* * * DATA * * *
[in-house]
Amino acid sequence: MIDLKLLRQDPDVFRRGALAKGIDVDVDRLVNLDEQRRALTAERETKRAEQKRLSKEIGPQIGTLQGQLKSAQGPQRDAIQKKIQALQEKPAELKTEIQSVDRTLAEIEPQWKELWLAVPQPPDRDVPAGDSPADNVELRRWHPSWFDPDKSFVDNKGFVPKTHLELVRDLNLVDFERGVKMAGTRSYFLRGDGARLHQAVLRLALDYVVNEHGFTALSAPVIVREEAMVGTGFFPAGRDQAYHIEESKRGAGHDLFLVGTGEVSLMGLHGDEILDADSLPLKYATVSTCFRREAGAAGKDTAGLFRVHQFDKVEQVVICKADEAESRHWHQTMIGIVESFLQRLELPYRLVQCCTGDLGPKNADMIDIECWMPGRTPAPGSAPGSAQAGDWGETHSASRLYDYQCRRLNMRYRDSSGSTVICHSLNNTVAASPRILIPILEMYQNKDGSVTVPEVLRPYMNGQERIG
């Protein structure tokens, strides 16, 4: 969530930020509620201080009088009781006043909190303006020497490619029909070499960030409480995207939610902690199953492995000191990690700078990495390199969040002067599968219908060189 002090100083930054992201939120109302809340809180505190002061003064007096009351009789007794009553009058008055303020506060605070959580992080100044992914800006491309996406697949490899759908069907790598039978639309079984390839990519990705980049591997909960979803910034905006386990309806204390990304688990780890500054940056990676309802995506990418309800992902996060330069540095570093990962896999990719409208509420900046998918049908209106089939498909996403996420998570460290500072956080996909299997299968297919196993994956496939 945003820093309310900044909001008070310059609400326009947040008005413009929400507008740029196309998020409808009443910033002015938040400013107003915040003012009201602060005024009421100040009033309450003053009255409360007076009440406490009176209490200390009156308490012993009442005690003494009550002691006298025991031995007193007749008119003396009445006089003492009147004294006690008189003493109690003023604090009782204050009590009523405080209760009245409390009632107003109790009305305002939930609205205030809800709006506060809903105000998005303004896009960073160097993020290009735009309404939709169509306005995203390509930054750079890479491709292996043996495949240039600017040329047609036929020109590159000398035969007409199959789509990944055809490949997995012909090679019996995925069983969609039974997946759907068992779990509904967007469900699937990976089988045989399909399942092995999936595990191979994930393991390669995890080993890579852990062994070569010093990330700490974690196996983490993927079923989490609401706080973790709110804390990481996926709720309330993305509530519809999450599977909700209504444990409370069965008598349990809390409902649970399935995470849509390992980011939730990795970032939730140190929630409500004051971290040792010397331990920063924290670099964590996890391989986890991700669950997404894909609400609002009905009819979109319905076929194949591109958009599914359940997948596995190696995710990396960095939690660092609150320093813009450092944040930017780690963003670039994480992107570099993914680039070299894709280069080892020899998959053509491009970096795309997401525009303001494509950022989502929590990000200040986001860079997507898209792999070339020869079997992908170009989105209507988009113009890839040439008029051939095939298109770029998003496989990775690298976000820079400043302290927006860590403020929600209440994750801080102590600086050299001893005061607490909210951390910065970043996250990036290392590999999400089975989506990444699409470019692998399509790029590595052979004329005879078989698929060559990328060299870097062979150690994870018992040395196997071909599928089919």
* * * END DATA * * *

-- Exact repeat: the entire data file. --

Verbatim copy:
[in-house]
Amino acid sequence: MIDLKLLRQDPDVFRRGALAKGIDVDVDRLVNLDEQRRALTAERETKRAEQKRLSKEIGPQIGTLQGQLKSAQGPQRDAIQKKIQALQEKPAELKTEIQSVDRTLAEIEPQWKELWLAVPQPPDRDVPAGDSPADNVELRRWHPSWFDPDKSFVDNKGFVPKTHLELVRDLNLVDFERGVKMAGTRSYFLRGDGARLHQAVLRLALDYVVNEHGFTALSAPVIVREEAMVGTGFFPAGRDQAYHIEESKRGAGHDLFLVGTGEVSLMGLHGDEILDADSLPLKYATVSTCFRREAGAAGKDTAGLFRVHQFDKVEQVVICKADEAESRHWHQTMIGIVESFLQRLELPYRLVQCCTGDLGPKNADMIDIECWMPGRTPAPGSAPGSAQAGDWGETHSASRLYDYQCRRLNMRYRDSSGSTVICHSLNNTVAASPRILIPILEMYQNKDGSVTVPEVLRPYMNGQERIG
């Protein structure tokens, strides 16, 4: 969530930020509620201080009088009781006043909190303006020497490619029909070499960030409480995207939610902690199953492995000191990690700078990495390199969040002067599968219908060189 002090100083930054992201939120109302809340809180505190002061003064007096009351009789007794009553009058008055303020506060605070959580992080100044992914800006491309996406697949490899759908069907790598039978639309079984390839990519990705980049591997909960979803910034905006386990309806204390990304688990780890500054940056990676309802995506990418309800992902996060330069540095570093990962896999990719409208509420900046998918049908209106089939498909996403996420998570460290500072956080996909299997299968297919196993994956496939 945003820093309310900044909001008070310059609400326009947040008005413009929400507008740029196309998020409808009443910033002015938040400013107003915040003012009201602060005024009421100040009033309450003053009255409360007076009440406490009176209490200390009156308490012993009442005690003494009550002691006298025991031995007193007749008119003396009445006089003492009147004294006690008189003493109690003023604090009782204050009590009523405080209760009245409390009632107003109790009305305002939930609205205030809800709006506060809903105000998005303004896009960073160097993020290009735009309404939709169509306005995203390509930054750079890479491709292996043996495949240039600017040329047609036929020109590159000398035969007409199959789509990944055809490949997995012909090679019996995925069983969609039974997946759907068992779990509904967007469900699937990976089988045989399909399942092995999936595990191979994930393991390669995890080993890579852990062994070569010093990330700490974690196996983490993927079923989490609401706080973790709110804390990481996926709720309330993305509530519809999450599977909700209504444990409370069965008598349990809390409902649970399935995470849509390992980011939730990795970032939730140190929630409500004051971290040792010397331990920063924290670099964590996890391989986890991700669950997404894909609400609002009905009819979109319905076929194949591109958009599914359940997948596995190696995710990396960095939690660092609150320093813009450092944040930017780690963003670039994480992107570099993914680039070299894709280069080892020899998959053509491009970096795309997401525009303001494509950022989502929590990000200040986001860079997507898209792999070339020869079997992908170009989105209507988009113009890839040439008029051939095939298109770029998003496989990775690298976000820079400043302290927006860590403020929600209440994750801080102590600086050299001893005061607490909210951390910065970043996250990036290392590999999400089975989506990444699409470019692998399509790029590595052979004329005879078989698929060559990328060299870097062979150690994870018992040395196997071909599928089919």